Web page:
By ALAN FREEMAN
Toronto Globe and Mail
August 02, 2005
The IRA announcement, called "a step of unparalleled magnitude" by British Prime Minister Tony Blair, is expected to lead to renewal of stalled political talks on power sharing between Catholics and Protestants in the Northern Ireland assembly.
But first, the spotlight will focus on John de Chastelain, the retired Canadian general who has been trying for the past eight years to get the IRA and other paramilitary groups to get rid of their massive stockpile of explosives, automatic weapons, ammunition and other weapons.
"Come the hour, come the man. It's his moment in history," said Jonathan Moore, a lecturer in Irish politics at London Metropolitan University.
Moore said that de Chastelain, who heads the Independent International Commission on Decommissioning, will face huge pressure from Protestant Unionists to prove that any arms destruction is verifiable. At the same time, he cannot be seen to be "humiliating" the IRA and its Catholic Republican political supporters, Moore said.
In its statement, the IRA said it would resume discussions with de Chastelain's commission to "put its arms beyond use in a way which will further enhance public confidence and to conclude this as quickly as possible." Some sources believe the decommissioning could begin as early as Monday.
The paramilitary group also said it would invite witnesses from Protestant and Catholic churches to see the arms decommissioning.
The IRA called a ceasefire in 1997, but always resisted declaring an end to its armed struggle to wrest Northern Ireland from Britain and reunite it with the republic to the south. Its spokesmen said it would use only peaceful means in future to pursue its ends.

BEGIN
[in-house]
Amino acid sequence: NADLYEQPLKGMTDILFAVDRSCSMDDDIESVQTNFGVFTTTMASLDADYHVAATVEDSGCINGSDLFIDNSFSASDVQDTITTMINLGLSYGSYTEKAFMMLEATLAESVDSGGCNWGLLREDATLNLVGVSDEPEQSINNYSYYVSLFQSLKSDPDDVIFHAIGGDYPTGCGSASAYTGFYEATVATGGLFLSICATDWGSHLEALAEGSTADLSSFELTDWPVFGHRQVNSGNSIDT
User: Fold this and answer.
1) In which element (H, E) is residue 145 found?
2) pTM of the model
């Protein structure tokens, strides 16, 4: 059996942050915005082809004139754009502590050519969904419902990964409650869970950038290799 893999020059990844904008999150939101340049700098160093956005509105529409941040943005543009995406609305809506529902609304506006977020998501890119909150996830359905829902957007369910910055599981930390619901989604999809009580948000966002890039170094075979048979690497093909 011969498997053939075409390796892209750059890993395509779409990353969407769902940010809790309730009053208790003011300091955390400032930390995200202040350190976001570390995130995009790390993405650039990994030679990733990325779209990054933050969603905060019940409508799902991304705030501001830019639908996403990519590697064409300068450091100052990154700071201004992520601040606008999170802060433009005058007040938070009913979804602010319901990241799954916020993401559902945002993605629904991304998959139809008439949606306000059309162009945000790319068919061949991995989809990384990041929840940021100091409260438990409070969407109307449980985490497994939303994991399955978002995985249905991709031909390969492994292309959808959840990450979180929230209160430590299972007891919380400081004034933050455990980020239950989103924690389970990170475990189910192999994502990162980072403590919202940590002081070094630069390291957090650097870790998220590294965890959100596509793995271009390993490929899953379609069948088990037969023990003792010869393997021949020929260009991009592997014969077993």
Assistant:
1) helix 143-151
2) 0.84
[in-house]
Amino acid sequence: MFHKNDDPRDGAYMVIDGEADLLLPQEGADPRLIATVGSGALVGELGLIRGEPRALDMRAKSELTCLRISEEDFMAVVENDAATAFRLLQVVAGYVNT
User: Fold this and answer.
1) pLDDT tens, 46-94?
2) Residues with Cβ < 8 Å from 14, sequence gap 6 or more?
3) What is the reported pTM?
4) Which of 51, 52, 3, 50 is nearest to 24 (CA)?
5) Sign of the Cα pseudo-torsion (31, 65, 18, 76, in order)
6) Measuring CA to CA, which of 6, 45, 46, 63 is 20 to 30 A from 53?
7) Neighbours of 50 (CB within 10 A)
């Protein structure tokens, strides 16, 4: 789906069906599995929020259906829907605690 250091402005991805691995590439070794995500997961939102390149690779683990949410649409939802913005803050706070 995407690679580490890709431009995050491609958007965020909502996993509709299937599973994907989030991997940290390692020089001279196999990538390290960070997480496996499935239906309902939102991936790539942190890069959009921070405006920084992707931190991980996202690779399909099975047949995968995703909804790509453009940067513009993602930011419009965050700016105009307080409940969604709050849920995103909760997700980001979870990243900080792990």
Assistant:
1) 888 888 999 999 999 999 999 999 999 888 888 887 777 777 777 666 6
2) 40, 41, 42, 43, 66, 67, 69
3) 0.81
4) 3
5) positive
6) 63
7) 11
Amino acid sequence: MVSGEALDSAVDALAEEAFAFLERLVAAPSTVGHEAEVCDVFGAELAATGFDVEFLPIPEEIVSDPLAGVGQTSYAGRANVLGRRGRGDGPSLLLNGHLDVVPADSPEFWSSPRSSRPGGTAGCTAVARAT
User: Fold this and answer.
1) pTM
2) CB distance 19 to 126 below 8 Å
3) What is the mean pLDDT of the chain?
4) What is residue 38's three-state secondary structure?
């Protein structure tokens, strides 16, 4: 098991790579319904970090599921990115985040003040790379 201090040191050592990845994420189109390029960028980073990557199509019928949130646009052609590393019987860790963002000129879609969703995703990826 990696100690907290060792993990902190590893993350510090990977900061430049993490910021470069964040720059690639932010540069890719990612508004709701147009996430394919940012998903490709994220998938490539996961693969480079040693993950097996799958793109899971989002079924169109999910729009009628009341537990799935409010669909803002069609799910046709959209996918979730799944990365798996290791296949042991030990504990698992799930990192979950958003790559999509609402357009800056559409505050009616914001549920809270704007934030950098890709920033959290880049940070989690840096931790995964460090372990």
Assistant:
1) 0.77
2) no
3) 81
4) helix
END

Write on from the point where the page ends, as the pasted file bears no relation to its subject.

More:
Gerry Adams, the president of Sinn Fein, the political arm of the IRA, said the group is committed to "purely peaceful and democratic methods" in pursuing its goals.
Yet the statement said the IRA still believes "the armed struggle was entirely legitimate," and said it was "mindful of the sacrifices of our patriot dead." There was no promise to disband the organization.
The Protestant-dominated Democratic Unionist Party, led by firebrand Ian Paisley, said his party did not trust the IRA's statement and would believe its promise of disarmament when it saw concrete actions backing it up, noting that disarmament was supposed to have been completed five years ago under the Good Friday peace agreement.
"I think people will be very suspicious and skeptical until they see actions rather than words," Nelson McCausland, a Democratic Unionist assembly member, said in an interview from Belfast. "There have been so many similar statements in the past. . . . People will take a wait-and-see attitude."
McCausland conceded that deadly violence has declined, but said that in his constituency in North Belfast, it is far from peaceful. He noted there was rioting on July 12 involving Catholic demonstrators and the police that led to serious injuries. "With 30 years of Troubles and that legacy, it will take time."
Moore, the expert on Irish politics, said that the war for the IRA effectively ended with the ceasefire of 1997. But leaders of the paramilitary group, which numbers no more than 300 or 400 members, dragged their feet on formally denouncing violence until they were embarrassed over the past year by their alleged involvement in a massive bank heist in Belfast and in the pub slaying of Catholic Robert McCartney.
"The IRA covered it up," Moore said of the killing. "It disgusted a lot of people."
Other challenges remain, he said, including the participation of Sinn Fein in the administration of the police, which has long been seen as a Protestant bastion. "Will Sinn Fein join the police board? Will they encourage Catholics to join the police force?"
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